Zero Choices: Swapping zero-hour contracts for secure, flexible working


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hotel worker changing bed sheets in hotel room

At a time when the UK faces record sickness levels and persistent worker shortages, there is a pressing need to reform employment law to better reflect the realities of modern ways of working in the 21st century.

New research by the Work Foundation has found a record 1.1 million working age people are on zero-hours contracts in the UK, as their main form of employment. Zero-hour contracts are an enduring example of insecure work and the trade-offs faced by people at the sharp end of the labour market. Regulating against the exploitative use of zero-hour contracts should serve as an important component of a wider package of reforms promoting secure work in the next Parliament. 

​In this policy brief we investigate the contemporary use of zero-hours contracts in the UK and examine policy options for reform from comparable countries, with a particular focus on how to introduce regulation in a way that extends contractual security and guaranteed hours while maintaining opportunities for flexibility. 

​Many zero-hour contract workers have limited choice and face severe insecurity

Our analysis shows that women are 1.2 times more likely than men to be on zero-hour contracts. Black workers are 2.7 times more likely than white workers to be on zero-hour contracts; and those from multiple/mixed backgrounds are 2.3 times more likely than white workers.

​Young workers (16–24-year-olds) are 5.9 times more likely to be on zero-hours contracts than workers across older age groups. Importantly, this is not just students fitting work around studies: young workers who are not students are still 3.5 times more likely than other age groups to be on zero-hours contracts.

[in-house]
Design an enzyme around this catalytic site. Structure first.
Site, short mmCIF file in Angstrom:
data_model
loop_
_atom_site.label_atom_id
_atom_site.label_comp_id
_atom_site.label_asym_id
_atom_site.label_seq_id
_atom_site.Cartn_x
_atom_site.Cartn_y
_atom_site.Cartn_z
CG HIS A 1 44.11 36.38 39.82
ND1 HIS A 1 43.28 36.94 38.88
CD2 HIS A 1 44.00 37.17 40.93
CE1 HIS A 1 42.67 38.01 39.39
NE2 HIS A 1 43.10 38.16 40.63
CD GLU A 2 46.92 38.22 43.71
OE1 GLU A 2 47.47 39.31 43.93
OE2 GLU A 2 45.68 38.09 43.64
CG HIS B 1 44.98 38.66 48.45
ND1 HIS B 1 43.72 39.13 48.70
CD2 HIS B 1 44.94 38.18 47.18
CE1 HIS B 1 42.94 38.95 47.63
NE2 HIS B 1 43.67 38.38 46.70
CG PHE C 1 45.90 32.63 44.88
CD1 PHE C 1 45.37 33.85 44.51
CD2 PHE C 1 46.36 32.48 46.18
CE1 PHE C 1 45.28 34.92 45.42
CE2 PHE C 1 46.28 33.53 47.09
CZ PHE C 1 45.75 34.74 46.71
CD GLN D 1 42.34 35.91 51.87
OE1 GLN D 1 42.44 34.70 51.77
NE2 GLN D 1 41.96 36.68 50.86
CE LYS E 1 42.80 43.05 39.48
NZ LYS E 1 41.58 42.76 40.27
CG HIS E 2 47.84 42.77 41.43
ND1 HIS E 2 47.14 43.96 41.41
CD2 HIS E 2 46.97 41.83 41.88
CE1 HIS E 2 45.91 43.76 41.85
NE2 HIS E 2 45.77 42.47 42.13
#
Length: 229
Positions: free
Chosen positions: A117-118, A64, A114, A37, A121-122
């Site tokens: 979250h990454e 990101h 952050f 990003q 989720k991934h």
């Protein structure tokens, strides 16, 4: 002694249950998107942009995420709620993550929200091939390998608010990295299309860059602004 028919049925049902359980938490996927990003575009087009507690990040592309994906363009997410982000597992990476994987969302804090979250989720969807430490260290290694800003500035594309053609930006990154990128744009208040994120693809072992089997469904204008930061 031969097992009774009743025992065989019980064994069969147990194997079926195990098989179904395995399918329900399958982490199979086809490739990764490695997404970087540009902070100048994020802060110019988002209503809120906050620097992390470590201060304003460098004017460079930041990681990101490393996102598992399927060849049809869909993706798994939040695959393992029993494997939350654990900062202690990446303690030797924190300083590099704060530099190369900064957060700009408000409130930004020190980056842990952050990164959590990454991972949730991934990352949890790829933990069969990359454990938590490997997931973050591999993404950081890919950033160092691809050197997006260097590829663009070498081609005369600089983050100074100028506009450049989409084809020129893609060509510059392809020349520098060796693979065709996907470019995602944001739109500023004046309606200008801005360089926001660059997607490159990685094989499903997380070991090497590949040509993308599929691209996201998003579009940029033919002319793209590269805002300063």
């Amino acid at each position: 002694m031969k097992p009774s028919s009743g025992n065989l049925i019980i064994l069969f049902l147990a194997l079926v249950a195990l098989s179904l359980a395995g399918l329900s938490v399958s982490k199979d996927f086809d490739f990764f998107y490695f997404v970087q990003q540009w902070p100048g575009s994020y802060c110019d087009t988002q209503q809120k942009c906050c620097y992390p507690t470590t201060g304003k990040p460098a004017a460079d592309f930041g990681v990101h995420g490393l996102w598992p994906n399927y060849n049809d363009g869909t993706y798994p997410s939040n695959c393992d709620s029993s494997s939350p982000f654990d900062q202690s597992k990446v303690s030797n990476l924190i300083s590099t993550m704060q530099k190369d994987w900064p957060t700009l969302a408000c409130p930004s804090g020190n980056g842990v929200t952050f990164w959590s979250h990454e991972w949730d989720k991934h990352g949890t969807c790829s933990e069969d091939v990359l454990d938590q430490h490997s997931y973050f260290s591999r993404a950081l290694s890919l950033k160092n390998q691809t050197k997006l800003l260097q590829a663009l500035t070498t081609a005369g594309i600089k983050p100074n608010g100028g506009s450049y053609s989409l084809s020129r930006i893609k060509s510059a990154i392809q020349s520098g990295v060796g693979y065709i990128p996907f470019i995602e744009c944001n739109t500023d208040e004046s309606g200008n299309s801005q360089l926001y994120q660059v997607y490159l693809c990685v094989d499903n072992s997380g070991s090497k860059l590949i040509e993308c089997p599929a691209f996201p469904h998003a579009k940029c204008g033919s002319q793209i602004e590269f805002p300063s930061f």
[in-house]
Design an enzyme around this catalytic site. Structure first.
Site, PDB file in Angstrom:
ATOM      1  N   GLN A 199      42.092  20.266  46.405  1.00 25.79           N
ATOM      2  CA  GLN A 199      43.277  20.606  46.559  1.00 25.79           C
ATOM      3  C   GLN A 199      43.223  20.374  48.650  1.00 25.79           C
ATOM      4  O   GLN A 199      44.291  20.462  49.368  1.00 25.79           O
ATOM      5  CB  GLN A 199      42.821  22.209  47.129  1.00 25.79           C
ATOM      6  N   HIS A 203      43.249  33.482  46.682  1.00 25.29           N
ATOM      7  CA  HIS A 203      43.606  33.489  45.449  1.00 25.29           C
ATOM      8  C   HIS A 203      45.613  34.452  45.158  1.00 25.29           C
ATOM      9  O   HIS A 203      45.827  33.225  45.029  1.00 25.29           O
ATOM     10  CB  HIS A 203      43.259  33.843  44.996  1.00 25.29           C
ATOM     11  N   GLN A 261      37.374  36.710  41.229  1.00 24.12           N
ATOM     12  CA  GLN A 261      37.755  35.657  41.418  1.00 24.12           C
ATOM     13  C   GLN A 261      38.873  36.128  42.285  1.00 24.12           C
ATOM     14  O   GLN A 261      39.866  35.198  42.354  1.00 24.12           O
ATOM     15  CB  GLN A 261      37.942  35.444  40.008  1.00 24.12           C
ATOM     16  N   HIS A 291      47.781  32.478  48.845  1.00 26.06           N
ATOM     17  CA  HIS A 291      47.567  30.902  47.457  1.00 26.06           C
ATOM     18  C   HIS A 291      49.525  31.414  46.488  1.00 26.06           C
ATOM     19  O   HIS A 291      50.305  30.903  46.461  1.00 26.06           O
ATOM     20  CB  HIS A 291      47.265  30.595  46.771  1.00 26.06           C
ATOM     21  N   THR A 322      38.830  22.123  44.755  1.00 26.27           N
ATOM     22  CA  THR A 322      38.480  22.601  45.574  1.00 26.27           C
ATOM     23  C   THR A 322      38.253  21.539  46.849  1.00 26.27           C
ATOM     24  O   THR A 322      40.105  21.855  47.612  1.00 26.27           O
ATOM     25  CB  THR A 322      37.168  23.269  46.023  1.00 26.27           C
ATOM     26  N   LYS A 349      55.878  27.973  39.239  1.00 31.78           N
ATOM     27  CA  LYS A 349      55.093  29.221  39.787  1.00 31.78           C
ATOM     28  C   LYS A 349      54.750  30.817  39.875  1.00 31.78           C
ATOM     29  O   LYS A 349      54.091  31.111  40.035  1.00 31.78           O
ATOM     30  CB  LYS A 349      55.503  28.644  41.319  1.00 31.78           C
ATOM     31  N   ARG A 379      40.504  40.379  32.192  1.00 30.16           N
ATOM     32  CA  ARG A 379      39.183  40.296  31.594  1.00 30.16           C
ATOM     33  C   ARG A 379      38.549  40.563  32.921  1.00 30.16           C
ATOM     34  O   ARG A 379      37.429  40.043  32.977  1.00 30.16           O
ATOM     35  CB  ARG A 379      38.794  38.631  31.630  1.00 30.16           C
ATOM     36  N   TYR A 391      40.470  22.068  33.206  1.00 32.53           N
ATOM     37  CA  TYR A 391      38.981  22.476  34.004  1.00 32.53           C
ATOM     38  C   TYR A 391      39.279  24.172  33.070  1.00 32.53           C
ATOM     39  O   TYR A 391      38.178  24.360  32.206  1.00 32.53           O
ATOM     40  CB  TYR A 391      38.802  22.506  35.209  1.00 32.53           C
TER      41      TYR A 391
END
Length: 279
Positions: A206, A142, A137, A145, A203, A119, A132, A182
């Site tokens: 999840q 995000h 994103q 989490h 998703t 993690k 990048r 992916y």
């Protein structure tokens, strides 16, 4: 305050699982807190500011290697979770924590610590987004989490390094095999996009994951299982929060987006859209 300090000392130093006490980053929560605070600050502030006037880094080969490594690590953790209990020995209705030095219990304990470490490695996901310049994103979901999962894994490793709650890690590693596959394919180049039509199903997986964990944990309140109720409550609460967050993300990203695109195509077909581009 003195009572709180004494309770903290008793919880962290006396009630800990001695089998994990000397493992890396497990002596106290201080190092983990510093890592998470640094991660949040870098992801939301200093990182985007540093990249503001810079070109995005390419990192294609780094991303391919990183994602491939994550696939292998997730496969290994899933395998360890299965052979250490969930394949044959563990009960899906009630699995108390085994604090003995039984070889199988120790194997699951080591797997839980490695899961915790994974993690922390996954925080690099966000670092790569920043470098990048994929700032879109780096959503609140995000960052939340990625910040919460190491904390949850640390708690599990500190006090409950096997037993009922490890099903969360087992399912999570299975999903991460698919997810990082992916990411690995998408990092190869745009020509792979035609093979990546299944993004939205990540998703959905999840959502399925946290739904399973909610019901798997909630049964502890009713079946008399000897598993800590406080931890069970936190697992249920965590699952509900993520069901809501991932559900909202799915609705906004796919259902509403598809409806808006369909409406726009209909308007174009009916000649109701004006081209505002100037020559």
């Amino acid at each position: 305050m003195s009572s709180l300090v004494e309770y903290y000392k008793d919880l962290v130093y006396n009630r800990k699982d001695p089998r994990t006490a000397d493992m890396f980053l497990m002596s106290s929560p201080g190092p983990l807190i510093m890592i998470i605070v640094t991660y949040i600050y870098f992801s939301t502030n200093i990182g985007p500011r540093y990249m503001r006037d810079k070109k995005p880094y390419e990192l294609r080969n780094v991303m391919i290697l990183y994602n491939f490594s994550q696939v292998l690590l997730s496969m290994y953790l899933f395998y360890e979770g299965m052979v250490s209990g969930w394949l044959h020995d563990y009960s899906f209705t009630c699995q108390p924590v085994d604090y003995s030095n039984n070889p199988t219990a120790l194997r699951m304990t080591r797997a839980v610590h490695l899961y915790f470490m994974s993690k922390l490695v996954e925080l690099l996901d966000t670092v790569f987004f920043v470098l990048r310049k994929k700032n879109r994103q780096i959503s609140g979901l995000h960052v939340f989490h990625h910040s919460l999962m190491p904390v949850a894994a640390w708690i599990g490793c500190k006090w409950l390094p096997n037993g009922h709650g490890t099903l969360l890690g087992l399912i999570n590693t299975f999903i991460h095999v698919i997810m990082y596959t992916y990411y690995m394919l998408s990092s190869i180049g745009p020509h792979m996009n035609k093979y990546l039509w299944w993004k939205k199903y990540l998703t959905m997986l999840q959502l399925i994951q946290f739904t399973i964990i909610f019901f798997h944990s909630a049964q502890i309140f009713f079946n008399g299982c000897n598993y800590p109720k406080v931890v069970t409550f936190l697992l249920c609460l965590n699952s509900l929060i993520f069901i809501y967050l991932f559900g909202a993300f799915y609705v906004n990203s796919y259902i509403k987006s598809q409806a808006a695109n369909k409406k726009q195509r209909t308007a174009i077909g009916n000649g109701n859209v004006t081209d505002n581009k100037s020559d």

​Employers have choices, most workers do not

​Zero-hour contracts are most prevalent in the accommodation and food, arts, admin and health and social sectors. Some employers in these sectors are actively using zero-hour contracts to manage fluctuating workforce requirements. However, there are others, such as Wetherspoons, who have introduced an option for guaranteed hours for its workforce. The company reported that 99% of people opted for the guaranteed hours contract, with only 1% choosing a zero-hours model.

Time to end one-sided flexibility and follow the lead of other countries

​The presence of insecure work is a long-term labour market trend that will not be resolved overnight or with one policy. Limiting the use of zero-hours contracts is just one aspect of addressing the larger issue of insecure work.

​The slowness of the UK to tackle this type of insecure work has seen it fall behind several other countries who have either banned zero-hours contracts, or heavily regulate their use, including New Zealand, Italy, France, Germany, the Netherlands, Ireland, Finland, and Norway. 

Read the full report here

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